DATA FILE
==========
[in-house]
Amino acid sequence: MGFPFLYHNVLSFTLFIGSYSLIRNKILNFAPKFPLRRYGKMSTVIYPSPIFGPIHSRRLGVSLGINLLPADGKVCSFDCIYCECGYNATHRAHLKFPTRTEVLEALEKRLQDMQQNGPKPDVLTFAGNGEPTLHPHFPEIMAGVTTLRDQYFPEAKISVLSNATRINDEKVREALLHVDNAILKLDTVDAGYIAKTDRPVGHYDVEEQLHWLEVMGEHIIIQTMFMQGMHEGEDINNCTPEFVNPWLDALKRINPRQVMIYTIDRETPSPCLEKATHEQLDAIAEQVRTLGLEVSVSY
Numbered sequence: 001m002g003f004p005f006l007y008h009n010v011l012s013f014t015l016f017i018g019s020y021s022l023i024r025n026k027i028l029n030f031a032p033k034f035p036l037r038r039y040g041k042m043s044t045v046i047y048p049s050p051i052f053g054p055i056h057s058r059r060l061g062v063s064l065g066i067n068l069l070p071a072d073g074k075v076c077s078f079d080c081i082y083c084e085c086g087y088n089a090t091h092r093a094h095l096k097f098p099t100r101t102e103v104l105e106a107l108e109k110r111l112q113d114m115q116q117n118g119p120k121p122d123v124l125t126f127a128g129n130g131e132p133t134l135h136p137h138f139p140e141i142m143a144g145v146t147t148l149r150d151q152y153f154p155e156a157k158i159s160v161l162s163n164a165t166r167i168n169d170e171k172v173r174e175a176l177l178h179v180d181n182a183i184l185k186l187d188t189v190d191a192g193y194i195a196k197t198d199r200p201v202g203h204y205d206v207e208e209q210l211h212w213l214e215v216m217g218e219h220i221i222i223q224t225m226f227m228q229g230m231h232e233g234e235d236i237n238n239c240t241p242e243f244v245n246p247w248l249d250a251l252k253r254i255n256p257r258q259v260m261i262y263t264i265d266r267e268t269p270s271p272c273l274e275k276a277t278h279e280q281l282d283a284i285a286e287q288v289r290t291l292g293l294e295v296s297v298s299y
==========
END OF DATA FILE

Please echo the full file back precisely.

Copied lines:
[in-house]
Amino acid sequence: MGFPFLYHNVLSFTLFIGSYSLIRNKILNFAPKFPLRRYGKMSTVIYPSPIFGPIHSRRLGVSLGINLLPADGKVCSFDCIYCECGYNATHRAHLKFPTRTEVLEALEKRLQDMQQNGPKPDVLTFAGNGEPTLHPHFPEIMAGVTTLRDQYFPEAKISVLSNATRINDEKVREALLHVDNAILKLDTVDAGYIAKTDRPVGHYDVEEQLHWLEVMGEHIIIQTMFMQGMHEGEDINNCTPEFVNPWLDALKRINPRQVMIYTIDRETPSPCLEKATHEQLDAIAEQVRTLGLEVSVSY
Numbered sequence: 001m002g003f004p005f006l007y008h009n010v011l012s013f014t015l016f017i018g019s020y021s022l023i024r025n026k027i028l029n030f031a032p033k034f035p036l037r038r039y040g041k042m043s044t045v046i047y048p049s050p051i052f053g054p055i056h057s058r059r060l061g062v063s064l065g066i067n068l069l070p071a072d073g074k075v076c077s078f079d080c081i082y083c084e085c086g087y088n089a090t091h092r093a094h095l096k097f098p099t100r101t102e103v104l105e106a107l108e109k110r111l112q113d114m115q116q117n118g119p120k121p122d123v124l125t126f127a128g129n130g131e132p133t134l135h136p137h138f139p140e141i142m143a144g145v146t147t148l149r150d151q152y153f154p155e156a157k158i159s160v161l162s163n164a165t166r167i168n169d170e171k172v173r174e175a176l177l178h179v180d181n182a183i184l185k186l187d188t189v190d191a192g193y194i195a196k197t198d199r200p201v202g203h204y205d206v207e208e209q210l211h212w213l214e215v216m217g218e219h220i221i222i223q224t225m226f227m228q229g230m231h232e233g234e235d236i237n238n239c240t241p242e243f244v245n246p247w248l249d250a251l252k253r254i255n256p257r258q259v260m261i262y263t264i265d266r267e268t269p270s271p272c273l274e275k276a277t278h279e280q281l282d283a284i285a286e287q288v289r290t291l292g293l294e295v296s297v298s299y